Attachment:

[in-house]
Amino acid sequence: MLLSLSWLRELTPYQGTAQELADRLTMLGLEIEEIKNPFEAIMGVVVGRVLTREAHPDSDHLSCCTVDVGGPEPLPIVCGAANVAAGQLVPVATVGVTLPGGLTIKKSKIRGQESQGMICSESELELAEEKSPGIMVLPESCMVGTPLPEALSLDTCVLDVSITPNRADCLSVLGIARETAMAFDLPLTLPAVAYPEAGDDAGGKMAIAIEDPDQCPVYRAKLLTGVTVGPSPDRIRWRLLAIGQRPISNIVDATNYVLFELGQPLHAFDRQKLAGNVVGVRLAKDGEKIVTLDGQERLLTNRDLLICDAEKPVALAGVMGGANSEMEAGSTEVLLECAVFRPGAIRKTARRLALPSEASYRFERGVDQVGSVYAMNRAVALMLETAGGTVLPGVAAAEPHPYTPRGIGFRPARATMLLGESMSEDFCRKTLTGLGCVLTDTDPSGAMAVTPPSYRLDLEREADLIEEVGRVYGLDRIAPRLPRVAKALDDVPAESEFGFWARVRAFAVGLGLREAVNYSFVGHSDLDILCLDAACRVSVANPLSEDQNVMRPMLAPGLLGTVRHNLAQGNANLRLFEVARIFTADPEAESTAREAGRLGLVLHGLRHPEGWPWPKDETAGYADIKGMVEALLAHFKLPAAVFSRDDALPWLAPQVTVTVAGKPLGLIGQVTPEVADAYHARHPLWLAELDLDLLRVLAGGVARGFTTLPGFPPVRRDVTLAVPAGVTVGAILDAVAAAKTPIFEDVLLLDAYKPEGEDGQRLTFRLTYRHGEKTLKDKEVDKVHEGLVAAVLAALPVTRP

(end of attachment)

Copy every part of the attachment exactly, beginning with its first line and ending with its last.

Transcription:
[in-house]
Amino acid sequence: MLLSLSWLRELTPYQGTAQELADRLTMLGLEIEEIKNPFEAIMGVVVGRVLTREAHPDSDHLSCCTVDVGGPEPLPIVCGAANVAAGQLVPVATVGVTLPGGLTIKKSKIRGQESQGMICSESELELAEEKSPGIMVLPESCMVGTPLPEALSLDTCVLDVSITPNRADCLSVLGIARETAMAFDLPLTLPAVAYPEAGDDAGGKMAIAIEDPDQCPVYRAKLLTGVTVGPSPDRIRWRLLAIGQRPISNIVDATNYVLFELGQPLHAFDRQKLAGNVVGVRLAKDGEKIVTLDGQERLLTNRDLLICDAEKPVALAGVMGGANSEMEAGSTEVLLECAVFRPGAIRKTARRLALPSEASYRFERGVDQVGSVYAMNRAVALMLETAGGTVLPGVAAAEPHPYTPRGIGFRPARATMLLGESMSEDFCRKTLTGLGCVLTDTDPSGAMAVTPPSYRLDLEREADLIEEVGRVYGLDRIAPRLPRVAKALDDVPAESEFGFWARVRAFAVGLGLREAVNYSFVGHSDLDILCLDAACRVSVANPLSEDQNVMRPMLAPGLLGTVRHNLAQGNANLRLFEVARIFTADPEAESTAREAGRLGLVLHGLRHPEGWPWPKDETAGYADIKGMVEALLAHFKLPAAVFSRDDALPWLAPQVTVTVAGKPLGLIGQVTPEVADAYHARHPLWLAELDLDLLRVLAGGVARGFTTLPGFPPVRRDVTLAVPAGVTVGAILDAVAAAKTPIFEDVLLLDAYKPEGEDGQRLTFRLTYRHGEKTLKDKEVDKVHEGLVAAVLAALPVTRP